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NACBS-Huntington Library Fellowship


The NACBS, in collaboration with the Huntington Library, offers annually the NACBS-Huntington Library Fellowship to aid in dissertation research in British Studies using the collections of the library.  The amount of the fellowship is $3500.  A requirement for holding the fellowship is that the time of tenure be spent in residence at the Huntington Library.


Nominations and applications for the 2022 award are invited. Please note that the applications are due on July 15, 2022.  Applications should consist of a curriculum vitae, a description of the dissertation research project, and two supporting letters (one from the applicant's dissertation advisor). The letters should include a description of the materials to be consulted at the Huntington and the reason that these are essential sources for the dissertation. Letters of recommendation should be submitted here.

A copy of the c.v. and the description of the dissertation project should be sent electronically via e-mail (as a single WORD or PDF file) to each member of the Huntington Library Fellowship Committee listed below. Letters of recommendation should be sent electronically as well to each committee member directly by the referee. The application file should be named (APPLICANT’S LAST NAME_Application) and letters of recommendation should be named (APPLICANT’S LAST NAME_Letter). Materials must be submitted electronically by 11:59 PM on July 15, 2022. Awards will be announced by September 15, 2022.

Applicants for the NACBS fellowship are also welcome to apply to supplement that award with a short-term award from the Huntington Library itself under the terms of its own fellowship competition, the closing date for which is November 15, 2022. See:


Lisa Cody
Claremont McKenna College

Lou Roper

State University of New York--New Paltz

Simon Devereaux

University of Victoria

Due Date

Previous Winners


Hannah Kaemmer, Harvard University, for her research on “Expertise and Empire: Fortification Building and the English Board of Ordnance, 1660-1714.”

  • Hannah Kaemmer’s doctoral dissertation in the History and Theory of Architecture explores a centrally important, yet substantially under-studied dimension of British imperial activity – the building of fortifications – during the first decades in which the empire acquired truly global dimensions. The committee was impressed by both the originality of the work proposed, blending scholarship on architecture, knowledge-expertise, and state-building, and its ambitious geographic scope, spanning sites as varied and far-flung as London, Ireland, New York, Jamaica, Tangier and Newfoundland. This fellowship will enable Kaemmer to consult a wide range of materials unique to the Huntington’s manuscript collection, including the Ellesmere and Blathwayt papers, and rare copies of treatises on fortification contained in the print collections.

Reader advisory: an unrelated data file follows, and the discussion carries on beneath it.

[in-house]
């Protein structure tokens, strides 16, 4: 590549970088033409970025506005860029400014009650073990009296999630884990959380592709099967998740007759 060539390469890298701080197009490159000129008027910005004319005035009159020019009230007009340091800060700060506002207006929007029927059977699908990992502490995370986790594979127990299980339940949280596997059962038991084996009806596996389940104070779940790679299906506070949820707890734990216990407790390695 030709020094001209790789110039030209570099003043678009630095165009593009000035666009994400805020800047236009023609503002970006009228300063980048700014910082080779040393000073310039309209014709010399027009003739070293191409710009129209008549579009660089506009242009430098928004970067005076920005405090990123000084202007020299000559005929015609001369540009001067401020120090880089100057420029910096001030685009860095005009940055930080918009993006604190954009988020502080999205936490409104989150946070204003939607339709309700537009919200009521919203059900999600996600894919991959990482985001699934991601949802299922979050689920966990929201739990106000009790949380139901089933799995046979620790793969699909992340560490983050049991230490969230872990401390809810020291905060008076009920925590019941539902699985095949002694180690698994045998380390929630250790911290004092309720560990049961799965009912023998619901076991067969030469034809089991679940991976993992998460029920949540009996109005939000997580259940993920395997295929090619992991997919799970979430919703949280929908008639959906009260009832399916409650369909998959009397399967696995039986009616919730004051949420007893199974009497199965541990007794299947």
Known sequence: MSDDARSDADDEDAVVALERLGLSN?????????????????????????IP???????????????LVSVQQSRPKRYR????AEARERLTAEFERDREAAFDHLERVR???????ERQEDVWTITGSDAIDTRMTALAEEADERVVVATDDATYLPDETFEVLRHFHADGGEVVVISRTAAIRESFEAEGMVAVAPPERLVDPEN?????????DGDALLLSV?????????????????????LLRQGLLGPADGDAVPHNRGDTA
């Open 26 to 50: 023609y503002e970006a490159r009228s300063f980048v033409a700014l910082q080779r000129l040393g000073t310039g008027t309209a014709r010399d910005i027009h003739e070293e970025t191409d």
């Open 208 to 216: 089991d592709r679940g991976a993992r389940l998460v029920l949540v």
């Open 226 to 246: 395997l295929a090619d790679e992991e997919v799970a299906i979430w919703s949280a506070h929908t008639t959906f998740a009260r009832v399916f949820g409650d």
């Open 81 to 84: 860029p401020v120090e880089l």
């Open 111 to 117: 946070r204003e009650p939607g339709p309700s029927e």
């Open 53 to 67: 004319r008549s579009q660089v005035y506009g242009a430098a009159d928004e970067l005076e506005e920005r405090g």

Rachel Podd (Fordham University), “Medieval Conceptions of Health and Illness: Regimen Sanitatis and Medical Recipes at the Huntington Library.”

  • Rachel Podd's doctoral dissertation explores the lived experience of illness in late medieval England. The project combines historical analysis with a variety of other disciplinary methods, including anthropological perspectives, demography, and bio-archeology. At the Huntington, she plans to explore regimen sanitatis and recipe collections from the late middle ages in order to recover attitudes about illness and conditions of health among non-elite city dwellers. Her proposal impressed the committee and made a clear case for needing to consult the Huntington’s collections. 



Zach Bates (University of Calgary), “Scottish Colonial Administrators and the Idea of the British Empire and Constitution, 1710-1763.”

  • Bates’ Ph.D. thesis explores the role of leading Scottish colonial administrators in theorizing an “imperial constitution” in the early to mid-eighteenth century. His work creatively combines the history of national identities, ideologies of empire and colonial governance. The Huntington collections will be vital for his research.



Catherine Hinchliff (Johns Hopkins University), ‘Women, Gender and Speech in the English Revolution’

  • Even among a strong pool of applications, Catherine Hinchliff’s project proposal stood out for its clarity, detail and originality. Hinchliff’s research promises to open new perspectives on the expanding role of women as political agents, and the varied forms of women’s political speech, in the revolutionary upheavals of the seventeenth century. The Huntington collections will be vital for her research.



Sonia Tycko (Harvard University), ‘Coerced Labor in an Age of Contract: England, 1639-1689’

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